The current Israeli government of Prime Minister Ariel Sharon, who vehemently opposed the Oslo Peace Accords, has reverted to an open assassination policy such as that which targeted Kanafani back in 1972. The Sharon administration refers to this as “targeted killings,” believing, perhaps, that this wordplay renders the underlying principles more palatable to the sensibilities of the Israeli people and to the U.S. government, which has itself re-introduced a limited assassination policy in its “war on terror.”
The effects of this lamentable policy is to trap Israel in a vicious double-bind: the more Palestinian leaders it assassinates, detains, or exiles, the more the Palestinian underground is decentralized, putting it farther and farther away from any organized political control under the Palestine Authority.
As Sharon pursues his vision of a “Greater Israel,” he moves the Palestinian-Israeli conflict towards a contemporary re-enactment of The Battle of Algiers. During France's bitter Algerian War (1954-62) it engaged in desperate, zero-sum combat with the indigenous Algerian Front de Libération Nationale or FLN (French: National Liberation Front), which was determined to overthrow the French occupation regime. This gritty, house-to-house confrontation is brilliantly depicted in director Gillo Pontecorvo’s 1965 movie classic of the same name.
In the Algerian struggle, revolutionaries organized into small cells, each of which had very little information on the whereabouts or doings of other cells. This denied French forces the opportunity to bag large quantities of arms or explosives. It also meant that the death of any individual operative or the capture of any cell would not impede the FLN’s strategic plan for ending the French occupation of Algeria.
Israeli apologists bridle at the comparison with a colonial regime. However, Sharon’s aggressive strategy towards Hamas and the other Palestinian militias incorporates the identical strategic flaw as that of the French: it fails to see that the Palestinian uprising is a nationalist movement, not merely an anti-colonial one. As such all Palestinians are engaged and all Palestinians embody, to a greater or lesser extent, the same kind of commitments depicted by Ali le Pointe, the Algerian revolutionary and protagonist of The Battle of Algiers, who allows himself to be sacrificed rather then fall into the hands of the French.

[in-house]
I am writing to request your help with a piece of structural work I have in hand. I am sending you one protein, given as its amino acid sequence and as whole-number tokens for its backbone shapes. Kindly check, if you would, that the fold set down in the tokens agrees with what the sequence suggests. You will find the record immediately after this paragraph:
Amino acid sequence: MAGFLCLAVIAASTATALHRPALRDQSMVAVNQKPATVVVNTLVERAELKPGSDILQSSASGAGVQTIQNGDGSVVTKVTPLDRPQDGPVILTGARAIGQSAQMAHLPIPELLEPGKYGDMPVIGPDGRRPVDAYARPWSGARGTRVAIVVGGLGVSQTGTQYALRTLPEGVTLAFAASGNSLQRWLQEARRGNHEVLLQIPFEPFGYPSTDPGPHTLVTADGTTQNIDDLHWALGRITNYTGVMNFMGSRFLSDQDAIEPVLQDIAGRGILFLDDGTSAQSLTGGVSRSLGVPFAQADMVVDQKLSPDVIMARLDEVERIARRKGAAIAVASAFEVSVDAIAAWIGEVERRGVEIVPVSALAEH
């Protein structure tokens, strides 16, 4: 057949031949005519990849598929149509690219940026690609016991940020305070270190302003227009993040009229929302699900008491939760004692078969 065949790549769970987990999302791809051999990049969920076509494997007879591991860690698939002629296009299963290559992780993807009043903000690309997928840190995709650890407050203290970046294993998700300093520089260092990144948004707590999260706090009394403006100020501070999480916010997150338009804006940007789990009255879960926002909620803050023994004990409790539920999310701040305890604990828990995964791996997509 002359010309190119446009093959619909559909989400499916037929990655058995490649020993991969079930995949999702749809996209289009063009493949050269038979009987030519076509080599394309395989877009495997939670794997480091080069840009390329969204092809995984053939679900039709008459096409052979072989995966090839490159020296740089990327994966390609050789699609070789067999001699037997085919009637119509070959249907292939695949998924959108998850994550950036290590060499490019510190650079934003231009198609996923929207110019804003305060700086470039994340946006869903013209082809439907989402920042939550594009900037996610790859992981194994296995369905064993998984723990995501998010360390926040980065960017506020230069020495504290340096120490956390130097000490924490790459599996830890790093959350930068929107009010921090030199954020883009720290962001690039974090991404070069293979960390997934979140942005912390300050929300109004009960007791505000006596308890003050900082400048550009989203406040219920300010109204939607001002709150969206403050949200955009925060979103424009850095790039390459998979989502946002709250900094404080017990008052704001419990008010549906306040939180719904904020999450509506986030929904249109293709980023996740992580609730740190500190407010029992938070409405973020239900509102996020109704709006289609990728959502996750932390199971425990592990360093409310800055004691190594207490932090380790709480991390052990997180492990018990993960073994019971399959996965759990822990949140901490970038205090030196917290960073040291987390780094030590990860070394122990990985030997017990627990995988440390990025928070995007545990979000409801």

Shortly after his death, Kanafani’s Danish wife, Anni, together with friends and family, established the Ghassan Kanafani Cultural Foundation, which operates a series of kindergartens, centers for children with disabilities, and public libraries in Palestinian refugee camps across Lebanon. She remained in Lebanon and raised her two children as Palestinians. She says that she would have raised her children the way she did whether or not Ghassan had been killed.
Ghassan Kanafani was born on April 9, the same date as the 1948 Deir
Yassin massacre of Palestinian civilians by Israeli forces. Kanafani himself
never celebrated his birthday for that reason. April 9 is a national day
of remembrance for Palestinians everywhere. As a mark of enduring respect,
each year on July 9, Ghassan Kanafani and his niece Lamis are commemorated
in many Arab countries and abroad.
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Questions for A New
1) Assume that Kanafani is alive today to write a sequel to Men in the Sun, based on the evolution of the Israeli-Palestinian conflict since 1972. Assume further that in this sequel the three characters thrown together are an Israeli, a Palestinian, and an American. What metaphorical situation do you propose for these characters? Are they helpless to escape, like the men of the first novel, or is there a way out of their deathly predicament?
2) What is the role of the artist and the journalist in a revolution? Do artists and journalists enjoy any special, internationally recognized protections?
3) What comparisons can be made between Ghassan Kanafani and other assassinated artists? Consider for example:
4) The poster refers to Kanafani as a martyr. What is a martyr? Who decides who has become a martyr? What purposes does martyrdom serve? How does martyrdom of an assassinated figure affect the assassinating party?
5) To what extent have political assassinations in the United States — Abraham Lincoln; Malcolm X; John Fitzgerald Kennedy; Martin Luther King, Jr.; Robert Kennedy — succeeded in destroying the ideals each man stood for?
6) Prime Minister Yitzak Rabin was assassinated in 1995 by an ultra-orthodox Israeli who believed that Rabin’s acceptance of the Oslo Peace Accords was a threat to Israel. Was it? Is Israel less or more threatened today?